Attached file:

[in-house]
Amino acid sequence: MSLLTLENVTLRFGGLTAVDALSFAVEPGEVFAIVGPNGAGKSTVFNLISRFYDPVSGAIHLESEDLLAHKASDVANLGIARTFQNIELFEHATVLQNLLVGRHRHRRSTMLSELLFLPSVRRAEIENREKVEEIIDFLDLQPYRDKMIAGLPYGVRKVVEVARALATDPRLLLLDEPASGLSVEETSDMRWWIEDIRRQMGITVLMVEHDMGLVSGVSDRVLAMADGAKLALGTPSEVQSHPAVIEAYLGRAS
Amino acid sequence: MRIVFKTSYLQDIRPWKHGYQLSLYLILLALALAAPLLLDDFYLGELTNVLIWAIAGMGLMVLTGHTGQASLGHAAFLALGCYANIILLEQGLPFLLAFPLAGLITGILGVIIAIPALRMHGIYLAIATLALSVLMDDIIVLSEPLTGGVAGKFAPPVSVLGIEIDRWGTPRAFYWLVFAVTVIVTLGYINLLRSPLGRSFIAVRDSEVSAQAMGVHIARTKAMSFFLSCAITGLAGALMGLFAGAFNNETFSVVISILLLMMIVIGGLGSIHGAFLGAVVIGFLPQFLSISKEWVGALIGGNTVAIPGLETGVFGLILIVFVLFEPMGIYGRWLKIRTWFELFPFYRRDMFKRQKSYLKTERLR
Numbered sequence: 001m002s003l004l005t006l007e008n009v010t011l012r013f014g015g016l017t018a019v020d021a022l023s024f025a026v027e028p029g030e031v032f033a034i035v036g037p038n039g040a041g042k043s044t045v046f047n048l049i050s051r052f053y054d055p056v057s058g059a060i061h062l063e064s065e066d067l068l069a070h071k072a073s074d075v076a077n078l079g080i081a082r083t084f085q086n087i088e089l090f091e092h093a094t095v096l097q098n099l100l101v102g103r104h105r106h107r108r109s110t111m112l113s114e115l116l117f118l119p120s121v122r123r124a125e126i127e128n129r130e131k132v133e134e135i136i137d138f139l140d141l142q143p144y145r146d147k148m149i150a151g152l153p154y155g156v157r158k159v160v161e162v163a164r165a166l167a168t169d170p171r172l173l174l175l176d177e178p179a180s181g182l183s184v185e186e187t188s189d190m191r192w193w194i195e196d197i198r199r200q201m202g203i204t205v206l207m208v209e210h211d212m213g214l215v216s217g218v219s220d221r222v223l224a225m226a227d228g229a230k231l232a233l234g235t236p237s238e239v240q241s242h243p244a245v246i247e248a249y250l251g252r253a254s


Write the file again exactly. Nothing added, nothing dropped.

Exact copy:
[in-house]
Amino acid sequence: MSLLTLENVTLRFGGLTAVDALSFAVEPGEVFAIVGPNGAGKSTVFNLISRFYDPVSGAIHLESEDLLAHKASDVANLGIARTFQNIELFEHATVLQNLLVGRHRHRRSTMLSELLFLPSVRRAEIENREKVEEIIDFLDLQPYRDKMIAGLPYGVRKVVEVARALATDPRLLLLDEPASGLSVEETSDMRWWIEDIRRQMGITVLMVEHDMGLVSGVSDRVLAMADGAKLALGTPSEVQSHPAVIEAYLGRAS
Amino acid sequence: MRIVFKTSYLQDIRPWKHGYQLSLYLILLALALAAPLLLDDFYLGELTNVLIWAIAGMGLMVLTGHTGQASLGHAAFLALGCYANIILLEQGLPFLLAFPLAGLITGILGVIIAIPALRMHGIYLAIATLALSVLMDDIIVLSEPLTGGVAGKFAPPVSVLGIEIDRWGTPRAFYWLVFAVTVIVTLGYINLLRSPLGRSFIAVRDSEVSAQAMGVHIARTKAMSFFLSCAITGLAGALMGLFAGAFNNETFSVVISILLLMMIVIGGLGSIHGAFLGAVVIGFLPQFLSISKEWVGALIGGNTVAIPGLETGVFGLILIVFVLFEPMGIYGRWLKIRTWFELFPFYRRDMFKRQKSYLKTERLR
Numbered sequence: 001m002s003l004l005t006l007e008n009v010t011l012r013f014g015g016l017t018a019v020d021a022l023s024f025a026v027e028p029g030e031v032f033a034i035v036g037p038n039g040a041g042k043s044t045v046f047n048l049i050s051r052f053y054d055p056v057s058g059a060i061h062l063e064s065e066d067l068l069a070h071k072a073s074d075v076a077n078l079g080i081a082r083t084f085q086n087i088e089l090f091e092h093a094t095v096l097q098n099l100l101v102g103r104h105r106h107r108r109s110t111m112l113s114e115l116l117f118l119p120s121v122r123r124a125e126i127e128n129r130e131k132v133e134e135i136i137d138f139l140d141l142q143p144y145r146d147k148m149i150a151g152l153p154y155g156v157r158k159v160v161e162v163a164r165a166l167a168t169d170p171r172l173l174l175l176d177e178p179a180s181g182l183s184v185e186e187t188s189d190m191r192w193w194i195e196d197i198r199r200q201m202g203i204t205v206l207m208v209e210h211d212m213g214l215v216s217g218v219s220d221r222v223l224a225m226a227d228g229a230k231l232a233l234g235t236p237s238e239v240q241s242h243p244a245v246i247e248a249y250l251g252r253a254s